Your partner may say that he or she doesn’t want to go to counseling because there is no hope for the relationship. You can respond to this argument by using “even if.” The idea here is that “even if” the relationship has “no hope,” counseling can still help the two of you to part on good terms and may help each of you to learn from the experience so that you don’t make similar mistakes in future relationships. If your relationship is a marriage, divorce can cost tens (or hundreds) of thousands of dollars if the separation isn’t amicable. Counseling can—at a minimum—help you and your partner create a plan for a civil separation with less litigation.
10) Maintain and instill hope.
Hope is everything. Talk to your partner about how you think couples counseling can help. Mention that even though things have been difficult, and even though there is work and repair to be done, you still have hope for the relationship and for a happy future together. This positivity is a huge first step.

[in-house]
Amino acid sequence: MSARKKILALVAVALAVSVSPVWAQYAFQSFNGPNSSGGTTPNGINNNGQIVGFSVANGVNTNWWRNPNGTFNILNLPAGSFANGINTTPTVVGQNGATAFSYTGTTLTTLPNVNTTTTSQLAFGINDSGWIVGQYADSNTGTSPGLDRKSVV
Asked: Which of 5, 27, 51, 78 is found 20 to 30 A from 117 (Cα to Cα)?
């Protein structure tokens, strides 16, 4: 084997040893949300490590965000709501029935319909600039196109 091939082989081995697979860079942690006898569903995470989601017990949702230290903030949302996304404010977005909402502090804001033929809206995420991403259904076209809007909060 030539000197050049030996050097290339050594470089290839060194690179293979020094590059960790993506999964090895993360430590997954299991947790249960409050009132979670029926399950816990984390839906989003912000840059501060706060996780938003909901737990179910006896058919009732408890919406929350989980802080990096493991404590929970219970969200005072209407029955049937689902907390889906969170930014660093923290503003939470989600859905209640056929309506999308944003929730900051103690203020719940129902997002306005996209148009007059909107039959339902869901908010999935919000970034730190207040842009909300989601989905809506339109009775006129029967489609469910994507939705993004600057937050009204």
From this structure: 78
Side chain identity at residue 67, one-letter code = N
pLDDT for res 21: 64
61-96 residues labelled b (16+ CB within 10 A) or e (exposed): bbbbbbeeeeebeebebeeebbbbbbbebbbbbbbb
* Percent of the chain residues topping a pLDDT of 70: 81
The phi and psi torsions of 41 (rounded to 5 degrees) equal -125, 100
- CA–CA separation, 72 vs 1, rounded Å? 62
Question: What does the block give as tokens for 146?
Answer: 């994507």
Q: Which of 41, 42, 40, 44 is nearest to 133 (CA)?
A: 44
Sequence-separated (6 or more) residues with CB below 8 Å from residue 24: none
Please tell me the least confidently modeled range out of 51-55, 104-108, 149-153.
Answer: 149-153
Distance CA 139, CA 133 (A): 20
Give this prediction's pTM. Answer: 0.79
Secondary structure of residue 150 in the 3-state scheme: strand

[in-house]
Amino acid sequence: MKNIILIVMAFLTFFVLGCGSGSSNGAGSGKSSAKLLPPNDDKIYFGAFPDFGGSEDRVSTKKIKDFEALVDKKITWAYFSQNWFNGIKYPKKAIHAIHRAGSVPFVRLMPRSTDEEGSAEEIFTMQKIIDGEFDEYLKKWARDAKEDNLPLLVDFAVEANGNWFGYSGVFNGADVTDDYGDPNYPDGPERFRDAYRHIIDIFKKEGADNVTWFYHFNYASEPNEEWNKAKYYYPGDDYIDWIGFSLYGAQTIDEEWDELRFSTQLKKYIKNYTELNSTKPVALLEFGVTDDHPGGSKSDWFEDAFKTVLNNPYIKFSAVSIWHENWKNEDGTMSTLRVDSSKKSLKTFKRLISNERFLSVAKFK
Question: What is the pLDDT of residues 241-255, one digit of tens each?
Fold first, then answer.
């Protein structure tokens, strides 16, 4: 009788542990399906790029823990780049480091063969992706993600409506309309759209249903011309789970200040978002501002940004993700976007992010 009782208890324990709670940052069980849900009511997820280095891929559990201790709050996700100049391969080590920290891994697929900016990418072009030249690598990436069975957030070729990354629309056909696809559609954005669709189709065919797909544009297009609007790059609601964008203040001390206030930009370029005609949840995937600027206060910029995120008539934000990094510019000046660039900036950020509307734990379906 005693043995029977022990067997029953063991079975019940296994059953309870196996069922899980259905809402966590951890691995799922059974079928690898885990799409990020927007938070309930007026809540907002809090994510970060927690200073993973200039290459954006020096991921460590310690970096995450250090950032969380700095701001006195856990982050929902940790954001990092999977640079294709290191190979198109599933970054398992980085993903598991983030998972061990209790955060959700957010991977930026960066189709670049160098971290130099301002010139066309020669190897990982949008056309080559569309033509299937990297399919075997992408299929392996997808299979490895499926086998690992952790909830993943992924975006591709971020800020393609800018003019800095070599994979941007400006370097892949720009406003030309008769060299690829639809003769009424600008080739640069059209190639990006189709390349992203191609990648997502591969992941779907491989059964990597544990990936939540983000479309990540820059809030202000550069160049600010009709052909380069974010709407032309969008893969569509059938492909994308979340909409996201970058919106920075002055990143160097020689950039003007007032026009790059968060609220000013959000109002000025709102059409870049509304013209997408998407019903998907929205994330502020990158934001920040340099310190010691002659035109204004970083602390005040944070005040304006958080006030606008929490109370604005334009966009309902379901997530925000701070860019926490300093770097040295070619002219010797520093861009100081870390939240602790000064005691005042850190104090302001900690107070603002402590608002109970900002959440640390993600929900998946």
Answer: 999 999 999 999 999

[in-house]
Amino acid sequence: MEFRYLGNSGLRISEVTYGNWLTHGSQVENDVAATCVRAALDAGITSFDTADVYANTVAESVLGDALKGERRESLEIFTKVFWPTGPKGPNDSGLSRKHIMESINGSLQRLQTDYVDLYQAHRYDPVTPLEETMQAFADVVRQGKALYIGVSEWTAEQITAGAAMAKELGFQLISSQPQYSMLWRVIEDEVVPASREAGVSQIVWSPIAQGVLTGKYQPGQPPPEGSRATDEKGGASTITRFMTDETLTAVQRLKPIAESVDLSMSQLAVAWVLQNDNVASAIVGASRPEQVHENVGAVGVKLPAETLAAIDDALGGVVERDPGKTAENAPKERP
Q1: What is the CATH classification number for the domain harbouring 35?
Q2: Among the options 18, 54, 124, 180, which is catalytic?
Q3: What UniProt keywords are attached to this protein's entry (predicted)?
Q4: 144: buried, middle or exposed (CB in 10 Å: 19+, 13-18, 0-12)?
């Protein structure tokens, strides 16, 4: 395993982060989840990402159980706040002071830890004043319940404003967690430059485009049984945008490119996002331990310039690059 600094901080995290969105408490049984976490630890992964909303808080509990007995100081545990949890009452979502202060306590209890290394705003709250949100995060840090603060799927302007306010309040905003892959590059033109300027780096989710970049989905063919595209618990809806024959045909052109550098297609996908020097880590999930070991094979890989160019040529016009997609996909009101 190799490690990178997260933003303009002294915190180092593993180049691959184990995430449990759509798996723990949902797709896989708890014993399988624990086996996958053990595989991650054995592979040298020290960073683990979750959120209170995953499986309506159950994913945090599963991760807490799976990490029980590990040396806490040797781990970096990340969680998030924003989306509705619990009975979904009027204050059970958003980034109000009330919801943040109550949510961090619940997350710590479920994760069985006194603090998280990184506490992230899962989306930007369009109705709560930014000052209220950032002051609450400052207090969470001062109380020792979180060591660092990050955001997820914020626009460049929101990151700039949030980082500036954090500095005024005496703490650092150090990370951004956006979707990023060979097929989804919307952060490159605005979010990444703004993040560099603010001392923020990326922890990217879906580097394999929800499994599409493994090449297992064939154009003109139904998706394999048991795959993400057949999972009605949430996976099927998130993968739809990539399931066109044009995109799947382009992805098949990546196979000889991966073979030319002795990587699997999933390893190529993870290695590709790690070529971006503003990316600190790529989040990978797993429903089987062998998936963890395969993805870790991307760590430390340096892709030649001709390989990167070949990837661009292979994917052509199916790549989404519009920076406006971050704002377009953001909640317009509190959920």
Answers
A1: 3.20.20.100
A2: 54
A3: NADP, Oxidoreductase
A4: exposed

We hope that you have found this information helpful. If your relationship is in distress, discord, or simply could use a little help around particular issues, there are many ways to find an excellent couples counselor in your area, including contacting local counseling associations, asking for a referral from your primary care doctor, or reaching out to us! Thriveworks offers a growing network of licensed couples counselors who have gone through a rigorous screening process, have been nominated by other licensed professionals, and who are focused on providing high-quality counseling care to individuals and couples. Click here to see a counselor or coach this week, if not within 24 hours—because you can thrive, and we can help.